Holy Thursday is a Christian Passover, when we remember who we are

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"The Last Supper" mural painting by Leonardo da Vinci (RNS/Creative Commons/Wikipedia)
"The Last Supper" mural painting by Leonardo da Vinci (RNS/Creative Commons/Wikipedia)

On Passover, the youngest Jewish person at the Seder table traditionally asks, "Why is this night different from any other night?" It's a question that every Christian child should ask on Holy Thursday, which comes midway through Holy Week's commemorations of Jesus' trial, death and resurrection.

An adult Christian might answer this question by saying that this is the night that we remember the Last Supper that Jesus had with his disciples before he died.

"So," the children might reply, "why was this meal so important? Why do we go to church to remember it?"

For the early Christians, the death and resurrection of Jesus were experienced and explained through the symbols, ceremonies and history of the Jewish Passover. After all, the first Christians were Jews. Christians cannot understand the Eucharist unless they understand the Jewish Passover.

When the Hebrew people were enslaved in Egypt, God freed them and made a covenant with them whereby he would be their God and they would be his people.

This liberation from slavery and the establishment of the covenant is remembered and renewed in the annual celebration of Passover in the Seder. At this meal, Jews remember their history as a people and retell the stories of their ancestors. Not only do they remember, they give thanks and praise to God for his actions on behalf of his people. Not only do they remember and give thanks, they also commit themselves once again to God's covenant with his people.

We Christians also have a meal where we remember, give thanks and praise to God and renew God's covenant with us. We call that meal the Eucharist.

It is a meal where we remember, where we tell stories from the past, most especially we tell stories about the life of Jesus and about the impact of his death and resurrection on the first Christians. We call these stories and remembrances the Gospels, which the early Christians added to the existing Jewish Scriptures.

We not only remember, we also give thanks and praise to God in the Eucharistic prayer, the great prayer of thanks and praise that begins after the presentation of the bread and the wine. At the beginning of this prayer, the presider says, "Let us give thanks to the Lord our God," and we answer, "It is right and just."

We not only remember and give thanks and praise, we also renew God's covenant with us. The bread we eat is the body of Christ, and the cup we drink is the new covenant in his blood, as St. Paul tells us. Every time we eat this bread and drink this cup, we proclaim the death of the Lord until he comes again. Through the Eucharist, we enter into the death and resurrection of Christ and renew his covenant.

On Holy Thursday, we especially remember the Last Supper that Jesus had with his disciples. At that last meal, although he knew that death was on the horizon, although he knew that Judas was to betray him, although he knew that the disciples would desert him, his concern was not for himself, but for his friends.

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Pope Francis washes the feet of inmates on March 29, 2018, during his visit to the Regina Coeli detention center in Rome, where he celebrated the Missa in Coena Domini.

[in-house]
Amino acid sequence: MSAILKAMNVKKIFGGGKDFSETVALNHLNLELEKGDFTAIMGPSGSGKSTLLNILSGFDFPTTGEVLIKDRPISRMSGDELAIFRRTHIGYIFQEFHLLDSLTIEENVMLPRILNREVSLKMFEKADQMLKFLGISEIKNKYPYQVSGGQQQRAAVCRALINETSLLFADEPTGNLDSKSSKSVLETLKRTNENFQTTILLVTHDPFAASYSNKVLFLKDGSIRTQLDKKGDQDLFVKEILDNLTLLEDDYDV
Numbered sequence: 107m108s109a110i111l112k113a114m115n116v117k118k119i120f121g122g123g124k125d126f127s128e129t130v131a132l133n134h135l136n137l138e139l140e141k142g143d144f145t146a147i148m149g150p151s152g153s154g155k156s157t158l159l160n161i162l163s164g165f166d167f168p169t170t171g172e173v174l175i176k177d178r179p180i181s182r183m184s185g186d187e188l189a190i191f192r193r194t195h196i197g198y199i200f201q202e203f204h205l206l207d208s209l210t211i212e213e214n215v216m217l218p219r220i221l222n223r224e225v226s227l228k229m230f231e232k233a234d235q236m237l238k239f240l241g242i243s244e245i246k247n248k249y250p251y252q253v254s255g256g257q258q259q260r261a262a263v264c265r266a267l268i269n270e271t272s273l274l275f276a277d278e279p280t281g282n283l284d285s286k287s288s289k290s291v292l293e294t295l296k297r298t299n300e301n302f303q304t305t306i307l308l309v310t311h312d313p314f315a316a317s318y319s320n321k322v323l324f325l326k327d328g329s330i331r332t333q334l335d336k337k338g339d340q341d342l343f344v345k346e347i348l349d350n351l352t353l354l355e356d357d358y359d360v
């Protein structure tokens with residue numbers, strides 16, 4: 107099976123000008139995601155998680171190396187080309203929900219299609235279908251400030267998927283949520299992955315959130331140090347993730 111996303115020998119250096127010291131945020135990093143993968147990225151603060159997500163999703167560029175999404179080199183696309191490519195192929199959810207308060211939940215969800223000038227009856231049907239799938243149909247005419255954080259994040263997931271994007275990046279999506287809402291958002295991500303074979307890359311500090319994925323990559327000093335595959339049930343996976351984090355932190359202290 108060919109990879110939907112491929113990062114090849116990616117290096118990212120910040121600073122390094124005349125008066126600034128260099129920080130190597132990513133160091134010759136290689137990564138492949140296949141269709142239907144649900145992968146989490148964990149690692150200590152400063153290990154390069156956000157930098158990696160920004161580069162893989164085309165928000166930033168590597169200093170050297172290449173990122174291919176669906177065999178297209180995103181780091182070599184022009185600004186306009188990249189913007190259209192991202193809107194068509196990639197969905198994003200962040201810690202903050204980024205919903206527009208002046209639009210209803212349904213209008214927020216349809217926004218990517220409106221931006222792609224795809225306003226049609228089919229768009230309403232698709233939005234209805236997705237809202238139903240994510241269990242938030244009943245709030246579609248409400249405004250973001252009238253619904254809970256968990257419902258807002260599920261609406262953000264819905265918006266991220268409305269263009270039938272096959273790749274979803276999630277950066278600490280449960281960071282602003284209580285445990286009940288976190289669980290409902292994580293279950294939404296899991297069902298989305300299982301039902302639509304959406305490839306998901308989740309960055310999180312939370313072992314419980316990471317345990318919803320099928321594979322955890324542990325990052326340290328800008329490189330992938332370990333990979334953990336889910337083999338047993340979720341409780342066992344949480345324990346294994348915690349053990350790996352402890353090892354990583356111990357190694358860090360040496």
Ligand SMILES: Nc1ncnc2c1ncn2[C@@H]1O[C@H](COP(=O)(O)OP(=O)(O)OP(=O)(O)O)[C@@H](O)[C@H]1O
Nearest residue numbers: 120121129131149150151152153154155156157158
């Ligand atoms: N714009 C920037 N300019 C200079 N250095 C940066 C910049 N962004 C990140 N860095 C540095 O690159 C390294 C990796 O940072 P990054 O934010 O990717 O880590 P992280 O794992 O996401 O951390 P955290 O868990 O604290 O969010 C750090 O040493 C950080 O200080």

Pope Francis washes the feet of inmates on March 29, 2018, during his visit to the Regina Coeli detention center in Rome, where he celebrated the Missa in Coena Domini. Francis' visit to a prison on Holy Thursday to wash the feet of some inmates stresses in a pre-Easter ritual that a pope must serve society’s marginalized and give them hope. (AP/Vatican Media)

The covenant that he was establishing was a covenant of love. In this covenant, God first loves us and then asks for our love in return and asks that we love one another. Jesus not only taught this covenant of love, he lived it. In his love, we are able to see God's love for us. In his love, we are able to see how we should love one another.

In John's account of the Last Supper, which is read during the Holy Thursday liturgy, the teacher, the Messiah, the Son of God, washes the feet of his disciples. He takes on the role of a servant or slave. He does this not to embarrass the disciples, but to show them his love, just as he will continue to show his love as he journeys toward Calvary.

But what he does, he also does as an example. "If I washed your feet — I who am teacher and Lord — then you must wash each other's feet." He shows us how to live the covenant.

On Holy Thursday, we remember, we give thanks and praise, and we renew the covenant of love. The ceremony of the washing of feet symbolically expresses our willingness to imitate the loving service of Jesus, to imitate his willingness to forget his own fears and pain and to love and to forgive those who will desert him in his hour of need.

As we celebrate the Eucharist on Holy Thursday, we will give thanks and praise to God for sending Jesus, we will give thanks and praise for the last meal he had with his disciples, we will give thanks and praise to God for the Eucharist that Jesus gave us to do in remembrance of him.

In this Eucharist, we renew the covenant of love. We do this with confidence because God has loved us first and has promised his Spirit, the Spirit of love, who will empower us to live lives of love as we proclaim the death of the Lord until he comes.

On Holy Thursday and at every Eucharist, we Christians, like our Jewish brothers and sisters at Passover, celebrate who we are.

Thomas Reese

Jesuit Fr. Thomas Reese's column for Religion News Service, "Signs of the Times," appears regularly at National Catholic Reporter.


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